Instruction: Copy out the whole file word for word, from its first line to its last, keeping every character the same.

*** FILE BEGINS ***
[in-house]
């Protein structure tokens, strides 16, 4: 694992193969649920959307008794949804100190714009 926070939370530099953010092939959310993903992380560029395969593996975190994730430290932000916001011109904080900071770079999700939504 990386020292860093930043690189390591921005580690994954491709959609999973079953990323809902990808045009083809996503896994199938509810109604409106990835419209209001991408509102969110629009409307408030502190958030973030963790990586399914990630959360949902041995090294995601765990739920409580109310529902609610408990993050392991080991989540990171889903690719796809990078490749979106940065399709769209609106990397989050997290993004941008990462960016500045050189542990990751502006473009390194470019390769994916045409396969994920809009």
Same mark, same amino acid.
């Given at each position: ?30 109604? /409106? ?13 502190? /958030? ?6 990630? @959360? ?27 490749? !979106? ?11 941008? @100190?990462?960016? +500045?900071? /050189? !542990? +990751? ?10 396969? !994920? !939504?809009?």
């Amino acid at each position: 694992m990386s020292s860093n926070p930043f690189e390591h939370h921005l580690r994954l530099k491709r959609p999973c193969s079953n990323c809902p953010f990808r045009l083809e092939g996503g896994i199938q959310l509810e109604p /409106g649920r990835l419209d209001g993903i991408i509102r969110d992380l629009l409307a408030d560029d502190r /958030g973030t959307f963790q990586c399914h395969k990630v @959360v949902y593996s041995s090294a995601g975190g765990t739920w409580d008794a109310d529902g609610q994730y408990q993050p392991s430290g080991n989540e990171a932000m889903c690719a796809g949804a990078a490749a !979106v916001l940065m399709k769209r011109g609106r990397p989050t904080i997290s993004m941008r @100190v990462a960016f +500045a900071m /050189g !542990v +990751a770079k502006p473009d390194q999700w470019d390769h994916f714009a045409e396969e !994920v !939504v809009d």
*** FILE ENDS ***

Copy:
[in-house]
């Protein structure tokens, strides 16, 4: 694992193969649920959307008794949804100190714009 926070939370530099953010092939959310993903992380560029395969593996975190994730430290932000916001011109904080900071770079999700939504 990386020292860093930043690189390591921005580690994954491709959609999973079953990323809902990808045009083809996503896994199938509810109604409106990835419209209001991408509102969110629009409307408030502190958030973030963790990586399914990630959360949902041995090294995601765990739920409580109310529902609610408990993050392991080991989540990171889903690719796809990078490749979106940065399709769209609106990397989050997290993004941008990462960016500045050189542990990751502006473009390194470019390769994916045409396969994920809009």
Same mark, same amino acid.
């Given at each position: ?30 109604? /409106? ?13 502190? /958030? ?6 990630? @959360? ?27 490749? !979106? ?11 941008? @100190?990462?960016? +500045?900071? /050189? !542990? +990751? ?10 396969? !994920? !939504?809009?």
């Amino acid at each position: 694992m990386s020292s860093n926070p930043f690189e390591h939370h921005l580690r994954l530099k491709r959609p999973c193969s079953n990323c809902p953010f990808r045009l083809e092939g996503g896994i199938q959310l509810e109604p /409106g649920r990835l419209d209001g993903i991408i509102r969110d992380l629009l409307a408030d560029d502190r /958030g973030t959307f963790q990586c399914h395969k990630v @959360v949902y593996s041995s090294a995601g975190g765990t739920w409580d008794a109310d529902g609610q994730y408990q993050p392991s430290g080991n989540e990171a932000m889903c690719a796809g949804a990078a490749a !979106v916001l940065m399709k769209r011109g609106r990397p989050t904080i997290s993004m941008r @100190v990462a960016f +500045a900071m /050189g !542990v +990751a770079k502006p473009d390194q999700w470019d390769h994916f714009a045409e396969e !994920v !939504v809009d």